The ‘D’ in D-Day simply stands for Day. The terms D-Day and H-Hour were used by military planners to designate the day and hour of a forthcoming operation where the exact date and time were still to be confirmed or were secret.
In December 1943 a command team was formed to plan and lead the Allied air, sea and ground forces for the forthcoming invasion. General Dwight D Eisenhower was named as Supreme Commander, Allied Expeditionary Forces.
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To defend coastal areas against a possible Allied invasion, the Germans built huge fortifications known as the Atlantic Wall. They included concrete pill boxes, bunkers and gun positions.
When, early in 1944, Field Marshal Erwin Rommel took command of the German forces from the Netherlands to the River Loire, the defences were strengthened, particularly in the sectors facing the English Channel.
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The success of the D-Day operation depended on careful preparation. While factories in Britain worked round the clock to produce the huge quantities of weapons, ammunition and equipment needed by the invasion forces, a wide variety of specialists contributed their unique skills and knowledge.
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On D-Day, the Allied air forces flew over 14,000 sorties in support of the landings, almost unchallenged by the Luftwaffe. In the early hours of 6 June, three Allied airborne divisions landed troops by parachute and glider to seize and protect the flanks of the invasion beaches.
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On D-Day, as well as bombarding coastal defences, two naval task forces landed two British, one Canadian and two American divisions on the Normandy beaches.
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Juno Beach was assaulted by the Canadian 3rd Division. It was heavily defended with emplacements and formidable beach obstacles. Rough seas delayed the landings. The Germans opened fire as the Canadian infantry landed, and the first wave suffered heavy casualties.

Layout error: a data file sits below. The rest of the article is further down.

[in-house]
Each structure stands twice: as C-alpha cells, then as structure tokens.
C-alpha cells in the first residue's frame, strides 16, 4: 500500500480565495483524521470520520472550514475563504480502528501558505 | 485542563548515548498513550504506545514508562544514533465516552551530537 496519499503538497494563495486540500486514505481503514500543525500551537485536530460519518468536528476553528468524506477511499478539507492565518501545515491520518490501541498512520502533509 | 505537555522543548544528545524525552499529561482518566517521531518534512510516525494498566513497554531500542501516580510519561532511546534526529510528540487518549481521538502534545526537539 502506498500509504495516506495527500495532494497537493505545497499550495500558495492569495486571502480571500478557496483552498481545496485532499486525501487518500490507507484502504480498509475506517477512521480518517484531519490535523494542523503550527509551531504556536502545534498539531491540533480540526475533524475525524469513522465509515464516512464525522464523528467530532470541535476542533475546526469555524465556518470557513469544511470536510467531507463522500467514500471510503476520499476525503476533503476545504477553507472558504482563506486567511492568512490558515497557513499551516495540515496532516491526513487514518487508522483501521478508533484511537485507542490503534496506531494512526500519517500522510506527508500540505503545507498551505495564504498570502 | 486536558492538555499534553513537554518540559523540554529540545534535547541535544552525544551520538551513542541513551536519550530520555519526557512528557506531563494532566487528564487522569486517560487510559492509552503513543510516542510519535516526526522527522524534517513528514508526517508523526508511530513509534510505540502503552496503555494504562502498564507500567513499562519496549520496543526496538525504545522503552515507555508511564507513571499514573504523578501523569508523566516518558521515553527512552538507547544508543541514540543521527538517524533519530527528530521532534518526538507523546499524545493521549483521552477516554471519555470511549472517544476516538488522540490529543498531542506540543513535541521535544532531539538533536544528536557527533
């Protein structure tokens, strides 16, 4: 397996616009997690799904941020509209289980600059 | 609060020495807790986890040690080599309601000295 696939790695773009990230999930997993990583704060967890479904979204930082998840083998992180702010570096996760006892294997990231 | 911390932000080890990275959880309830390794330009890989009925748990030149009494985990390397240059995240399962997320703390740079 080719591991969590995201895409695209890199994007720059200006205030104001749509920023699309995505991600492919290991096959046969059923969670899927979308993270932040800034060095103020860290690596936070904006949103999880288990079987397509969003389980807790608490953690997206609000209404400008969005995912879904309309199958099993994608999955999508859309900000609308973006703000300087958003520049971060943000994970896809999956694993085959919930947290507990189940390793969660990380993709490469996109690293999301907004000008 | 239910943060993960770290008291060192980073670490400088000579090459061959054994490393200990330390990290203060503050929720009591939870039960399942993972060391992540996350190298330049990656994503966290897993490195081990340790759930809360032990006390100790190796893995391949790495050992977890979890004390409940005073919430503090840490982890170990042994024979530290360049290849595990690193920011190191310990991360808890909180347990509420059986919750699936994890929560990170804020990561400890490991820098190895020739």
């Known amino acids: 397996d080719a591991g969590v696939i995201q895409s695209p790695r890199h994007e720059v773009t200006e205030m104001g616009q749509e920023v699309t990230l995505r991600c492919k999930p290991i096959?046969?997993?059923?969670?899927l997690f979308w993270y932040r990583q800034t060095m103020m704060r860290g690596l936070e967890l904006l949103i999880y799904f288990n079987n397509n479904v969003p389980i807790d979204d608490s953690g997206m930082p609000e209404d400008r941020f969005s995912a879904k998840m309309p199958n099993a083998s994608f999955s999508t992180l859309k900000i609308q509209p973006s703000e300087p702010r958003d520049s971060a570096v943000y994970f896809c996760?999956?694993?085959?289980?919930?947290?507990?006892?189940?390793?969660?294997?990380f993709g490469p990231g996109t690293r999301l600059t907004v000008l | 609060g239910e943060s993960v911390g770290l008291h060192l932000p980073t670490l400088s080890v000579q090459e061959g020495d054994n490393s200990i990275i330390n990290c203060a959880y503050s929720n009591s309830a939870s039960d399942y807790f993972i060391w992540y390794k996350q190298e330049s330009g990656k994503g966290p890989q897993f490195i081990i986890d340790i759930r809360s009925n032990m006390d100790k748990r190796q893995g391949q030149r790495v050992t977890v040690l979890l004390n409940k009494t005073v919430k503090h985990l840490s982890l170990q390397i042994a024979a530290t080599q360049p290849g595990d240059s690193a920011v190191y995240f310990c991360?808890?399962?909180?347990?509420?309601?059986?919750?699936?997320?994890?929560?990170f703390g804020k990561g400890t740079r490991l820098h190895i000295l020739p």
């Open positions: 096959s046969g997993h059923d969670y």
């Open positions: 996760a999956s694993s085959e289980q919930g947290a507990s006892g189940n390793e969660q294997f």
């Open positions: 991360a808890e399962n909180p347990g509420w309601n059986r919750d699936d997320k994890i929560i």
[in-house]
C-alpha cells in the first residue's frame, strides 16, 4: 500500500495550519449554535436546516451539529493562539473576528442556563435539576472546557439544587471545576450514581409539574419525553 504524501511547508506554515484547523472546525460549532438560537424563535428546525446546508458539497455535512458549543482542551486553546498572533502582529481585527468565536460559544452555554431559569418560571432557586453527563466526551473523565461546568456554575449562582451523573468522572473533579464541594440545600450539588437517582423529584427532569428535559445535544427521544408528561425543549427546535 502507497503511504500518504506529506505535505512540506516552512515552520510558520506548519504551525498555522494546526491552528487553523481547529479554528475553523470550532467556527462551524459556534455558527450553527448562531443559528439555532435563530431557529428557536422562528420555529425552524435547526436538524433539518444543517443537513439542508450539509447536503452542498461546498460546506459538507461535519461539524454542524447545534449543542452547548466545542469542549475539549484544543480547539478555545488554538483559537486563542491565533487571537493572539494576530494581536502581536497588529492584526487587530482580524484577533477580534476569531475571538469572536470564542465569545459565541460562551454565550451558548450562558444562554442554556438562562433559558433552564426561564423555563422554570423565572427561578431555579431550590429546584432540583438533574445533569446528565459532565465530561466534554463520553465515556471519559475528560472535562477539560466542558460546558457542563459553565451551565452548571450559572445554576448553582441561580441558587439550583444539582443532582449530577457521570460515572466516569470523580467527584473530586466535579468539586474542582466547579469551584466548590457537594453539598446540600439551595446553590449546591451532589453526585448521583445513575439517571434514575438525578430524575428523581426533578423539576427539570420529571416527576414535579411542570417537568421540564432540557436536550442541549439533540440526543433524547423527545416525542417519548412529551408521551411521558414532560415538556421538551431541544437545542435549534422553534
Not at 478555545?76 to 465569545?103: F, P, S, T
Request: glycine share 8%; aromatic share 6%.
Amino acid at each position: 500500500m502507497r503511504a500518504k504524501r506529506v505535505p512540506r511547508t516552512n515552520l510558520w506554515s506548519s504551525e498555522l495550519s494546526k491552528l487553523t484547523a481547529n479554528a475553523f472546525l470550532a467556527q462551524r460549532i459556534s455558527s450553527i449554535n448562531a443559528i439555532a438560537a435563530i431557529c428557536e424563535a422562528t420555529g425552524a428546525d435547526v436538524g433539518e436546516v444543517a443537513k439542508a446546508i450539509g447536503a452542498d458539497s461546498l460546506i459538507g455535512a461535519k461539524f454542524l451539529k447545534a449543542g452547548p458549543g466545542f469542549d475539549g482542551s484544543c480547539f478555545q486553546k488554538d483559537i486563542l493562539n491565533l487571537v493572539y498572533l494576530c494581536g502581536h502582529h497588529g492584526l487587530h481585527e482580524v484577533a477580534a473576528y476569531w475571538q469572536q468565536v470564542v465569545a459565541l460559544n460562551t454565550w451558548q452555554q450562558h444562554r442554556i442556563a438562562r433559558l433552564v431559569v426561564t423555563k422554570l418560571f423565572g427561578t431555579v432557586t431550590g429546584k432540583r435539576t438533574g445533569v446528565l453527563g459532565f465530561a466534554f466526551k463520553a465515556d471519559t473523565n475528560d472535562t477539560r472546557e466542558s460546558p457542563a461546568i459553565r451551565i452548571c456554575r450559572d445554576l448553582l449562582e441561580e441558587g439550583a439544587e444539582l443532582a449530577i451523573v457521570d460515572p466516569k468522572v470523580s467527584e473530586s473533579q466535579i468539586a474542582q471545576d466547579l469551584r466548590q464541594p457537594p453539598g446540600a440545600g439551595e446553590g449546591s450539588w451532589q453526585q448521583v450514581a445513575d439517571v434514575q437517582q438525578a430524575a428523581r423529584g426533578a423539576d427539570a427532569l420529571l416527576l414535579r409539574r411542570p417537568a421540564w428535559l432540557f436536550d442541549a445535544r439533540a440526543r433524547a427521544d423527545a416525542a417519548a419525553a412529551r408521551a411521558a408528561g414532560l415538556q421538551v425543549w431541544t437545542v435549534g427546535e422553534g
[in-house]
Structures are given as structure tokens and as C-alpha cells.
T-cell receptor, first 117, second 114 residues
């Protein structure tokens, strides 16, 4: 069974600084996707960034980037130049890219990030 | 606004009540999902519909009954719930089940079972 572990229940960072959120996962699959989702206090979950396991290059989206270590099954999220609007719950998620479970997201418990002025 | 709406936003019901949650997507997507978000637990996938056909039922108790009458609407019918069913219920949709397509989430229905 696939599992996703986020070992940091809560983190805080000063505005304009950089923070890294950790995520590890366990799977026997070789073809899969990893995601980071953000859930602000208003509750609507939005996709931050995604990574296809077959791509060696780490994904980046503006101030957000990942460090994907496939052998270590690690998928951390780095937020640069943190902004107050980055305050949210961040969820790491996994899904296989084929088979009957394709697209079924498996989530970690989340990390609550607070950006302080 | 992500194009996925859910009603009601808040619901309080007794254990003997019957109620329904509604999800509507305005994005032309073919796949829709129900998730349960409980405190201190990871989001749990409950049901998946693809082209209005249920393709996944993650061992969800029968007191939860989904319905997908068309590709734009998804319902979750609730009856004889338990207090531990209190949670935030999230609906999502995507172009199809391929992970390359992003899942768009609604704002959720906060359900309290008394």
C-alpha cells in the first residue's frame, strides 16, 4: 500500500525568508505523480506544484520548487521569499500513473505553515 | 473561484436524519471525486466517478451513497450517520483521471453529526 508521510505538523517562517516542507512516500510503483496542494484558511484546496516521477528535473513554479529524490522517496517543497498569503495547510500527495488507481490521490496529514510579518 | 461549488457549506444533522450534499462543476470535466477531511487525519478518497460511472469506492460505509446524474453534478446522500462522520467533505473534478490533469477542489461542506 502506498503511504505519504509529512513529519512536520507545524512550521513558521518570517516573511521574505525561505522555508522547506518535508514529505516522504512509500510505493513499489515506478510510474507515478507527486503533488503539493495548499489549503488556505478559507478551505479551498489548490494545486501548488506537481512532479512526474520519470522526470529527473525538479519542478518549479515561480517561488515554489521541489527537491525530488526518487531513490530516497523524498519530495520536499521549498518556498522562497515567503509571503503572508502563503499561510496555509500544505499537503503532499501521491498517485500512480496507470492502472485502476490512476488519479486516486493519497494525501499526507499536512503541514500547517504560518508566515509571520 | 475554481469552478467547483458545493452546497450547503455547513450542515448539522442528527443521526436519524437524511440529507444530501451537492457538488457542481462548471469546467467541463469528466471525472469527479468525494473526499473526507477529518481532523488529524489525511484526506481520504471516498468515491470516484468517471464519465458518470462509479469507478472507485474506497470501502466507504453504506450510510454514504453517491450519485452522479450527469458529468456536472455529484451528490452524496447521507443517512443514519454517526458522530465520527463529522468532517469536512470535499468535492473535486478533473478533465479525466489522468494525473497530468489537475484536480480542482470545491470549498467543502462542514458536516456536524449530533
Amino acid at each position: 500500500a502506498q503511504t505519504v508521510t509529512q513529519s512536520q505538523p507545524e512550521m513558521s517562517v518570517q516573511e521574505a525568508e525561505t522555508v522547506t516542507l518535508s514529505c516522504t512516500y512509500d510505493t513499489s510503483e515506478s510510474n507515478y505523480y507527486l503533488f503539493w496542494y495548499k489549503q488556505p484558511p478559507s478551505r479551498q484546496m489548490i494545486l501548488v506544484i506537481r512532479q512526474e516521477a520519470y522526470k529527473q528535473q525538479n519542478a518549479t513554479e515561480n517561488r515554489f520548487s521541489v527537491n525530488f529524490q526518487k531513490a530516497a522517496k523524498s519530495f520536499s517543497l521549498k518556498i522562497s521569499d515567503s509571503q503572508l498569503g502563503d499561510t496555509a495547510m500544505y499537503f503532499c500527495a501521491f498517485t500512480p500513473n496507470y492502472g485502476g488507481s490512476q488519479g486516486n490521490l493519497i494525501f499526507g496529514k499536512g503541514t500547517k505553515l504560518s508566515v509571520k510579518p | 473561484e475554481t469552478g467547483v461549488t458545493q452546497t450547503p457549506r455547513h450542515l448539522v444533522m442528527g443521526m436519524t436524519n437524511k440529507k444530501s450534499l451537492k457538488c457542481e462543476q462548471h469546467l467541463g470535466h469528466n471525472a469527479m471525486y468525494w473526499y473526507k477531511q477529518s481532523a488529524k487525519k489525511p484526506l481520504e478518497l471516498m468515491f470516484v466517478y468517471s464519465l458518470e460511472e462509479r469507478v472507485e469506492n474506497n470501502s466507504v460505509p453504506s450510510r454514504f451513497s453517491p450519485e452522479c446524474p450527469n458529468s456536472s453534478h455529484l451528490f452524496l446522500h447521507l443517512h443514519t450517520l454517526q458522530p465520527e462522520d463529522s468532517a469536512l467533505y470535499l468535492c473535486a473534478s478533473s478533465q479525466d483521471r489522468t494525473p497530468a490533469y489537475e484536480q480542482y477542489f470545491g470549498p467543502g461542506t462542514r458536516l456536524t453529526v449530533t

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Naval forces provided fire support for the armies and ensured that supplies to the beachhead were maintained. Many landing craft were sunk or damaged, but by nightfall the Allies had put over 132,000 troops ashore.
Of the 34,000 US troops who landed on Omaha Beach, where the German resistance was strongest, some 2,000 casualties were suffered - a high proportion of the total Allied losses on D-Day.
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75,000 men were landed on Gold, Juno and Sword Beaches before midnight on D-Day, at a cost of around 3,000 killed, wounded or missing. 23,250 men were landed on Utah Beach at a cost of under 250 casualties.
In all, the Allies suffered approximately 10,200 casualties on 6 June. This figure was lower than the planners and commanders had been expecting, but each death represented a sad loss for families and comrades.
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